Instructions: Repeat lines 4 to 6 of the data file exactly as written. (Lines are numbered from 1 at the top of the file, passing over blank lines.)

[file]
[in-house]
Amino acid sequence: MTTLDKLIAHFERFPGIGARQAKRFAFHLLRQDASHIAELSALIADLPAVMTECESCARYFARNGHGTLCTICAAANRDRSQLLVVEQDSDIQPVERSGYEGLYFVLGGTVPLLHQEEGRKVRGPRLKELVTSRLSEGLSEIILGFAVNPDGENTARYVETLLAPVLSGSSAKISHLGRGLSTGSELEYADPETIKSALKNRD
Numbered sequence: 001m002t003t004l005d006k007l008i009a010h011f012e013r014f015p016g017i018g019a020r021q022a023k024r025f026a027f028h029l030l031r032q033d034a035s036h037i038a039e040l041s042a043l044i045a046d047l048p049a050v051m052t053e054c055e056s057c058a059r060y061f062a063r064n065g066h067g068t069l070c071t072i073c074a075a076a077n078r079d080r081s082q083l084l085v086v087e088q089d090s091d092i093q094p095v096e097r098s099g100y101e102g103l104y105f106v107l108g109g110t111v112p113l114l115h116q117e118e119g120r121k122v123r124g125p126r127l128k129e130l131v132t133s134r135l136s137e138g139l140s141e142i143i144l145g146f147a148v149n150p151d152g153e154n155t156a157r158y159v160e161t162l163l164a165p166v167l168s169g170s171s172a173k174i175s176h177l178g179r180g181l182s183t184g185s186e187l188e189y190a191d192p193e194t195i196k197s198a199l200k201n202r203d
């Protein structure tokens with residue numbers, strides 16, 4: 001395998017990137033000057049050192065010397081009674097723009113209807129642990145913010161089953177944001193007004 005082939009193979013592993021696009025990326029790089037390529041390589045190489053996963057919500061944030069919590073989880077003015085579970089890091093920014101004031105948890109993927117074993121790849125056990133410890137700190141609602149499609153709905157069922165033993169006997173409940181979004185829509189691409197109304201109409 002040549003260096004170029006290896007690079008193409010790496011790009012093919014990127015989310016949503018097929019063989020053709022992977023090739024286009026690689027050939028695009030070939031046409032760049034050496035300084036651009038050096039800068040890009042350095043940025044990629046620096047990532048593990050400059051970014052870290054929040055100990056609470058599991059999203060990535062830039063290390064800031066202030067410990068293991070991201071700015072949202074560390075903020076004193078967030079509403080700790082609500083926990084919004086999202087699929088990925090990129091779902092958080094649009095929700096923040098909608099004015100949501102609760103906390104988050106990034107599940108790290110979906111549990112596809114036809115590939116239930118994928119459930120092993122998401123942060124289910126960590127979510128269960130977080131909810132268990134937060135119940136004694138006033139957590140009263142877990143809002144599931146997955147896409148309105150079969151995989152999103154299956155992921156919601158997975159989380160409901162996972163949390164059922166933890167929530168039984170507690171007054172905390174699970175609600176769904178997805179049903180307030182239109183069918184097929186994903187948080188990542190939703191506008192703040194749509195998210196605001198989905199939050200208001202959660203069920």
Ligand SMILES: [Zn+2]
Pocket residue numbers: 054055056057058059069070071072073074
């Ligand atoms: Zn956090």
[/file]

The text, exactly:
């Protein structure tokens with residue numbers, strides 16, 4: 001395998017990137033000057049050192065010397081009674097723009113209807129642990145913010161089953177944001193007004 005082939009193979013592993021696009025990326029790089037390529041390589045190489053996963057919500061944030069919590073989880077003015085579970089890091093920014101004031105948890109993927117074993121790849125056990133410890137700190141609602149499609153709905157069922165033993169006997173409940181979004185829509189691409197109304201109409 002040549003260096004170029006290896007690079008193409010790496011790009012093919014990127015989310016949503018097929019063989020053709022992977023090739024286009026690689027050939028695009030070939031046409032760049034050496035300084036651009038050096039800068040890009042350095043940025044990629046620096047990532048593990050400059051970014052870290054929040055100990056609470058599991059999203060990535062830039063290390064800031066202030067410990068293991070991201071700015072949202074560390075903020076004193078967030079509403080700790082609500083926990084919004086999202087699929088990925090990129091779902092958080094649009095929700096923040098909608099004015100949501102609760103906390104988050106990034107599940108790290110979906111549990112596809114036809115590939116239930118994928119459930120092993122998401123942060124289910126960590127979510128269960130977080131909810132268990134937060135119940136004694138006033139957590140009263142877990143809002144599931146997955147896409148309105150079969151995989152999103154299956155992921156919601158997975159989380160409901162996972163949390164059922166933890167929530168039984170507690171007054172905390174699970175609600176769904178997805179049903180307030182239109183069918184097929186994903187948080188990542190939703191506008192703040194749509195998210196605001198989905199939050200208001202959660203069920």
Ligand SMILES: [Zn+2]
Pocket residue numbers: 054055056057058059069070071072073074